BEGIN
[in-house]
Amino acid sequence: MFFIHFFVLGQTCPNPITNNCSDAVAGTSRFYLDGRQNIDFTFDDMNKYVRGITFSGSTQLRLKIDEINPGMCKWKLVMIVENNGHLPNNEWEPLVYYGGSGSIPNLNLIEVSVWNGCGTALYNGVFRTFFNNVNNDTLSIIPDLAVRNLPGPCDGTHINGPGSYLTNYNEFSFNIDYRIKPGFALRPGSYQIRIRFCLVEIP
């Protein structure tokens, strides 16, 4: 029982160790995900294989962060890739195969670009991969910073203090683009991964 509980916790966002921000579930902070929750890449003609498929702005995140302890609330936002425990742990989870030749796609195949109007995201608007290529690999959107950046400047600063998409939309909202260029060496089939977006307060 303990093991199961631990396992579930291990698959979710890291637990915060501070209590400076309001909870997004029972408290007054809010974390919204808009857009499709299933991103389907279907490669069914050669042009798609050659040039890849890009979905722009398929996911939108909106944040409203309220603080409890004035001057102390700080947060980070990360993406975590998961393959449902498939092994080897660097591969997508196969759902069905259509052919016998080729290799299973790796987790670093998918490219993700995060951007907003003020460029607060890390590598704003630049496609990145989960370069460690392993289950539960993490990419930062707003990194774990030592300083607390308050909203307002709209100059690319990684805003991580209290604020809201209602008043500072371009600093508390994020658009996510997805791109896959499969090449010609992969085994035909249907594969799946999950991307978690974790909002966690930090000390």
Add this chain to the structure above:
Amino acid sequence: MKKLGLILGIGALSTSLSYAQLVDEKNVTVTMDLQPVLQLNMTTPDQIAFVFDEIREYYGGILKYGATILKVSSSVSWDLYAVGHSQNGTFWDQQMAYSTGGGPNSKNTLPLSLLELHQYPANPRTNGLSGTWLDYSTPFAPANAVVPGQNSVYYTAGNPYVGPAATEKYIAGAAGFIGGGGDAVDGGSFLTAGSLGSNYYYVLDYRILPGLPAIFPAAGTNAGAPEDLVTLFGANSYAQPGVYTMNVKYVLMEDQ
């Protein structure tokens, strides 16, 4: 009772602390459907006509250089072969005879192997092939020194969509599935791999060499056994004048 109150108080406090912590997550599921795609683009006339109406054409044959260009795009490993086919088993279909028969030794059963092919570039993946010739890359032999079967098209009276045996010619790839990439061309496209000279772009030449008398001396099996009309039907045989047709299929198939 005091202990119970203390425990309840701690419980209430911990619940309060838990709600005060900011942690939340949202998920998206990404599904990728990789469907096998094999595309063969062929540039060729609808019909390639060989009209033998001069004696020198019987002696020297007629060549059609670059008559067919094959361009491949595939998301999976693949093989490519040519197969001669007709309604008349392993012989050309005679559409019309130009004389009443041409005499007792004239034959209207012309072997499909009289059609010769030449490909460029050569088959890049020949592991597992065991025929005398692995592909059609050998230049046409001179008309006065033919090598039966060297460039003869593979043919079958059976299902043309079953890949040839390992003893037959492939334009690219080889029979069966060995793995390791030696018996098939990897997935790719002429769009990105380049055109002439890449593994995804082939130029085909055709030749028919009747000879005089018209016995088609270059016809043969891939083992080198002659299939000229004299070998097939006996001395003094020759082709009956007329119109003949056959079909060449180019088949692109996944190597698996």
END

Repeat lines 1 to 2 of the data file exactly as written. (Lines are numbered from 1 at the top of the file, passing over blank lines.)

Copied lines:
[in-house]
Amino acid sequence: MFFIHFFVLGQTCPNPITNNCSDAVAGTSRFYLDGRQNIDFTFDDMNKYVRGITFSGSTQLRLKIDEINPGMCKWKLVMIVENNGHLPNNEWEPLVYYGGSGSIPNLNLIEVSVWNGCGTALYNGVFRTFFNNVNNDTLSIIPDLAVRNLPGPCDGTHINGPGSYLTNYNEFSFNIDYRIKPGFALRPGSYQIRIRFCLVEIP